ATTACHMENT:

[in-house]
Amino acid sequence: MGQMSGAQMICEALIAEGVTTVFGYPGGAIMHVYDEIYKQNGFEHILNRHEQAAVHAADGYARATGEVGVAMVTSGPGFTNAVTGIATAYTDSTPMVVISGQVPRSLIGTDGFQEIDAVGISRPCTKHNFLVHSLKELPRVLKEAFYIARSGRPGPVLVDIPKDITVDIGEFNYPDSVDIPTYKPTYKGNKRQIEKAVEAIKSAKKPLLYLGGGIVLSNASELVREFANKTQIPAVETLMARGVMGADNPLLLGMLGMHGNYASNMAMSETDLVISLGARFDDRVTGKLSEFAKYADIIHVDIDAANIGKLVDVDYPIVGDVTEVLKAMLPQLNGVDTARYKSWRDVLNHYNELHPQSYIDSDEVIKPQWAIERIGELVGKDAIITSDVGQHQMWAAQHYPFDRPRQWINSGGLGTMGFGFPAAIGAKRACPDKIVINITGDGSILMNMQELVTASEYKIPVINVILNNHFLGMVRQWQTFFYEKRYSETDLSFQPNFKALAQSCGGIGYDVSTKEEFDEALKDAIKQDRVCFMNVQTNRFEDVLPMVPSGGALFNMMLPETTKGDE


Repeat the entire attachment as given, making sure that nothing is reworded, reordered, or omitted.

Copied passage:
[in-house]
Amino acid sequence: MGQMSGAQMICEALIAEGVTTVFGYPGGAIMHVYDEIYKQNGFEHILNRHEQAAVHAADGYARATGEVGVAMVTSGPGFTNAVTGIATAYTDSTPMVVISGQVPRSLIGTDGFQEIDAVGISRPCTKHNFLVHSLKELPRVLKEAFYIARSGRPGPVLVDIPKDITVDIGEFNYPDSVDIPTYKPTYKGNKRQIEKAVEAIKSAKKPLLYLGGGIVLSNASELVREFANKTQIPAVETLMARGVMGADNPLLLGMLGMHGNYASNMAMSETDLVISLGARFDDRVTGKLSEFAKYADIIHVDIDAANIGKLVDVDYPIVGDVTEVLKAMLPQLNGVDTARYKSWRDVLNHYNELHPQSYIDSDEVIKPQWAIERIGELVGKDAIITSDVGQHQMWAAQHYPFDRPRQWINSGGLGTMGFGFPAAIGAKRACPDKIVINITGDGSILMNMQELVTASEYKIPVINVILNNHFLGMVRQWQTFFYEKRYSETDLSFQPNFKALAQSCGGIGYDVSTKEEFDEALKDAIKQDRVCFMNVQTNRFEDVLPMVPSGGALFNMMLPETTKGDE